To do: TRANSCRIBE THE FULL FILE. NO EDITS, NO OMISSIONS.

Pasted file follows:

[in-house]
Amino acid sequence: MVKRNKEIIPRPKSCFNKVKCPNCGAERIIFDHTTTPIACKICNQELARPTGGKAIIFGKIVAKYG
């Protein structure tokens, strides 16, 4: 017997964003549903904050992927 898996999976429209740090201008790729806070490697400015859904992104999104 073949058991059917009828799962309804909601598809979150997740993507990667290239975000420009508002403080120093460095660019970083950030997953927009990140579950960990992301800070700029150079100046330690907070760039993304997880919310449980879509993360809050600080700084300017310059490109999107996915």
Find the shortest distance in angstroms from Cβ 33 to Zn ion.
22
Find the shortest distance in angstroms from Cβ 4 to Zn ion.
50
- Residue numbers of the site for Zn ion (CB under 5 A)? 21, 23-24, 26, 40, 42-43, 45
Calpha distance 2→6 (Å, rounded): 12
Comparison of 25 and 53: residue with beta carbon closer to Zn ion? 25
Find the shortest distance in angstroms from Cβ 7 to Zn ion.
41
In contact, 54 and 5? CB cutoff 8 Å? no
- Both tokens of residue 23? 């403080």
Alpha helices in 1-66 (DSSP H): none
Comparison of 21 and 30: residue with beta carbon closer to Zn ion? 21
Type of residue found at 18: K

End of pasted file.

[in-house]
Amino acid sequence: MVKRNKEIIPRPKSCFNKVKCPNCGAERIIFDHTTTPIACKICNQELARPTGGKAIIFGKIVAKYG
């Protein structure tokens, strides 16, 4: 017997964003549903904050992927 898996999976429209740090201008790729806070490697400015859904992104999104 073949058991059917009828799962309804909601598809979150997740993507990667290239975000420009508002403080120093460095660019970083950030997953927009990140579950960990992301800070700029150079100046330690907070760039993304997880919310449980879509993360809050600080700084300017310059490109999107996915």
Find the shortest distance in angstroms from Cβ 33 to Zn ion.
22
Find the shortest distance in angstroms from Cβ 4 to Zn ion.
50
- Residue numbers of the site for Zn ion (CB under 5 A)? 21, 23-24, 26, 40, 42-43, 45
Calpha distance 2→6 (Å, rounded): 12
Comparison of 25 and 53: residue with beta carbon closer to Zn ion? 25
Find the shortest distance in angstroms from Cβ 7 to Zn ion.
41
In contact, 54 and 5? CB cutoff 8 Å? no
- Both tokens of residue 23? 């403080």
Alpha helices in 1-66 (DSSP H): none
Comparison of 21 and 30: residue with beta carbon closer to Zn ion? 21
Type of residue found at 18: K